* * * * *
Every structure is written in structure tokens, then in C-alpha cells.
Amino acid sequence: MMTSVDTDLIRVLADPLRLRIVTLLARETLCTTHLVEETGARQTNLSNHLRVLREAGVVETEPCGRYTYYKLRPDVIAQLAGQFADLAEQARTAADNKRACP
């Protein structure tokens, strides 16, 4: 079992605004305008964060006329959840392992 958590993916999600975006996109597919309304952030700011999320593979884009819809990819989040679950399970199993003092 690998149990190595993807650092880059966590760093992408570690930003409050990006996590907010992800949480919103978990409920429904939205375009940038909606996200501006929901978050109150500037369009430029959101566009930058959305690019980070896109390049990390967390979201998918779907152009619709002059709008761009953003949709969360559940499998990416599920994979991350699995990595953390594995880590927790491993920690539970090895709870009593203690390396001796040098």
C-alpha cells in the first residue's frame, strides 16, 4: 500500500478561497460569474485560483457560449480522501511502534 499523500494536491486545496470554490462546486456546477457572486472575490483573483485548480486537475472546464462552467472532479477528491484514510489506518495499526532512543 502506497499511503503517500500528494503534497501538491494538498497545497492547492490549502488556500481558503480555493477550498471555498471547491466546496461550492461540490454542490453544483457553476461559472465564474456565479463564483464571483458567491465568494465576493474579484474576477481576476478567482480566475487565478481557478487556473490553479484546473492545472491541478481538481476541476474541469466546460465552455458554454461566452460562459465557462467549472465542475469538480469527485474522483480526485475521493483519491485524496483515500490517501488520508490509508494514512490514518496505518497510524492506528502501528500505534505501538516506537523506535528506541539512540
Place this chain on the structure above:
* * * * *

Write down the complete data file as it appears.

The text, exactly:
Every structure is written in structure tokens, then in C-alpha cells.
Amino acid sequence: MMTSVDTDLIRVLADPLRLRIVTLLARETLCTTHLVEETGARQTNLSNHLRVLREAGVVETEPCGRYTYYKLRPDVIAQLAGQFADLAEQARTAADNKRACP
């Protein structure tokens, strides 16, 4: 079992605004305008964060006329959840392992 958590993916999600975006996109597919309304952030700011999320593979884009819809990819989040679950399970199993003092 690998149990190595993807650092880059966590760093992408570690930003409050990006996590907010992800949480919103978990409920429904939205375009940038909606996200501006929901978050109150500037369009430029959101566009930058959305690019980070896109390049990390967390979201998918779907152009619709002059709008761009953003949709969360559940499998990416599920994979991350699995990595953390594995880590927790491993920690539970090895709870009593203690390396001796040098």
C-alpha cells in the first residue's frame, strides 16, 4: 500500500478561497460569474485560483457560449480522501511502534 499523500494536491486545496470554490462546486456546477457572486472575490483573483485548480486537475472546464462552467472532479477528491484514510489506518495499526532512543 502506497499511503503517500500528494503534497501538491494538498497545497492547492490549502488556500481558503480555493477550498471555498471547491466546496461550492461540490454542490453544483457553476461559472465564474456565479463564483464571483458567491465568494465576493474579484474576477481576476478567482480566475487565478481557478487556473490553479484546473492545472491541478481538481476541476474541469466546460465552455458554454461566452460562459465557462467549472465542475469538480469527485474522483480526485475521493483519491485524496483515500490517501488520508490509508494514512490514518496505518497510524492506528502501528500505534505501538516506537523506535528506541539512540
Place this chain on the structure above: